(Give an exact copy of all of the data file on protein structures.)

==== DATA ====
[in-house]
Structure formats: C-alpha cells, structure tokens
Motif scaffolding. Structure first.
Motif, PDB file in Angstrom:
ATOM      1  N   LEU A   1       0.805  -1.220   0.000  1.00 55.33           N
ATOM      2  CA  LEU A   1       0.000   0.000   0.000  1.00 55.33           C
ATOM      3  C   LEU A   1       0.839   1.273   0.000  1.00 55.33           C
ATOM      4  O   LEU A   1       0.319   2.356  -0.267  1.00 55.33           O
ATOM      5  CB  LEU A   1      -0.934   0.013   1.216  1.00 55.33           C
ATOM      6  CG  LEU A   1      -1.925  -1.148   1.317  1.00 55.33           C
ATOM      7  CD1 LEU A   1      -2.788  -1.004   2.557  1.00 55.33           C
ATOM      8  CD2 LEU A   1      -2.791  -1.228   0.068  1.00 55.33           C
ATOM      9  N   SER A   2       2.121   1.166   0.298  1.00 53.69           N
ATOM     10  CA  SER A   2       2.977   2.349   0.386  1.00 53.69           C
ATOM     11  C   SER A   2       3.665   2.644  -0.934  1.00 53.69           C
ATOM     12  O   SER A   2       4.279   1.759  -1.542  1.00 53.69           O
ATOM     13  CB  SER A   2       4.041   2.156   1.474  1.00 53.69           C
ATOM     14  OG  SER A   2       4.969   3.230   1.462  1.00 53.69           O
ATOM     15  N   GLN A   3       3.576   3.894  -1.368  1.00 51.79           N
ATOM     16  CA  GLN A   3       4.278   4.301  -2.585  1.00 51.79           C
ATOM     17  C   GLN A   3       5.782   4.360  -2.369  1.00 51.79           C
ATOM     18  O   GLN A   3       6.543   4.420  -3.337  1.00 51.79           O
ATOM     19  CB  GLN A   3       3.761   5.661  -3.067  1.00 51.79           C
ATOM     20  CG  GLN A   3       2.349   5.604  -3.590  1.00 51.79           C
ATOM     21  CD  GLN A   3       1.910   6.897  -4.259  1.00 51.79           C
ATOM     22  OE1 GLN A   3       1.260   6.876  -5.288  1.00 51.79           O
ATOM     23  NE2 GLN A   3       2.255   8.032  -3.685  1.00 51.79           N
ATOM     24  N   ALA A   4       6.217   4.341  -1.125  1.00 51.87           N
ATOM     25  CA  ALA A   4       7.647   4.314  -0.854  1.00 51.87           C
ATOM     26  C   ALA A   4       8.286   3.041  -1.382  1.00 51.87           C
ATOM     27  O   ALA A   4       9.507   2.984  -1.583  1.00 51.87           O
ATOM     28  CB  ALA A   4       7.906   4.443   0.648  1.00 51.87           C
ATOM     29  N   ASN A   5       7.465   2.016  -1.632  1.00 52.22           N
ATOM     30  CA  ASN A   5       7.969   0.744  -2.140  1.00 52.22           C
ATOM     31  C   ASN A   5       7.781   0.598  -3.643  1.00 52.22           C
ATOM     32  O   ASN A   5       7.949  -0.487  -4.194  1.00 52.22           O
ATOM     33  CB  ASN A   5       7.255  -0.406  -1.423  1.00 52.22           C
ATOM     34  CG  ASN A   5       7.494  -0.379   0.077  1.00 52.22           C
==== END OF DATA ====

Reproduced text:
[in-house]
Structure formats: C-alpha cells, structure tokens
Motif scaffolding. Structure first.
Motif, PDB file in Angstrom:
ATOM      1  N   LEU A   1       0.805  -1.220   0.000  1.00 55.33           N
ATOM      2  CA  LEU A   1       0.000   0.000   0.000  1.00 55.33           C
ATOM      3  C   LEU A   1       0.839   1.273   0.000  1.00 55.33           C
ATOM      4  O   LEU A   1       0.319   2.356  -0.267  1.00 55.33           O
ATOM      5  CB  LEU A   1      -0.934   0.013   1.216  1.00 55.33           C
ATOM      6  CG  LEU A   1      -1.925  -1.148   1.317  1.00 55.33           C
ATOM      7  CD1 LEU A   1      -2.788  -1.004   2.557  1.00 55.33           C
ATOM      8  CD2 LEU A   1      -2.791  -1.228   0.068  1.00 55.33           C
ATOM      9  N   SER A   2       2.121   1.166   0.298  1.00 53.69           N
ATOM     10  CA  SER A   2       2.977   2.349   0.386  1.00 53.69           C
ATOM     11  C   SER A   2       3.665   2.644  -0.934  1.00 53.69           C
ATOM     12  O   SER A   2       4.279   1.759  -1.542  1.00 53.69           O
ATOM     13  CB  SER A   2       4.041   2.156   1.474  1.00 53.69           C
ATOM     14  OG  SER A   2       4.969   3.230   1.462  1.00 53.69           O
ATOM     15  N   GLN A   3       3.576   3.894  -1.368  1.00 51.79           N
ATOM     16  CA  GLN A   3       4.278   4.301  -2.585  1.00 51.79           C
ATOM     17  C   GLN A   3       5.782   4.360  -2.369  1.00 51.79           C
ATOM     18  O   GLN A   3       6.543   4.420  -3.337  1.00 51.79           O
ATOM     19  CB  GLN A   3       3.761   5.661  -3.067  1.00 51.79           C
ATOM     20  CG  GLN A   3       2.349   5.604  -3.590  1.00 51.79           C
ATOM     21  CD  GLN A   3       1.910   6.897  -4.259  1.00 51.79           C
ATOM     22  OE1 GLN A   3       1.260   6.876  -5.288  1.00 51.79           O
ATOM     23  NE2 GLN A   3       2.255   8.032  -3.685  1.00 51.79           N
ATOM     24  N   ALA A   4       6.217   4.341  -1.125  1.00 51.87           N
ATOM     25  CA  ALA A   4       7.647   4.314  -0.854  1.00 51.87           C
ATOM     26  C   ALA A   4       8.286   3.041  -1.382  1.00 51.87           C
ATOM     27  O   ALA A   4       9.507   2.984  -1.583  1.00 51.87           O
ATOM     28  CB  ALA A   4       7.906   4.443   0.648  1.00 51.87           C
ATOM     29  N   ASN A   5       7.465   2.016  -1.632  1.00 52.22           N
ATOM     30  CA  ASN A   5       7.969   0.744  -2.140  1.00 52.22           C
ATOM     31  C   ASN A   5       7.781   0.598  -3.643  1.00 52.22           C
ATOM     32  O   ASN A   5       7.949  -0.487  -4.194  1.00 52.22           O
ATOM     33  CB  ASN A   5       7.255  -0.406  -1.423  1.00 52.22           C
ATOM     34  CG  ASN A   5       7.494  -0.379   0.077  1.00 52.22           C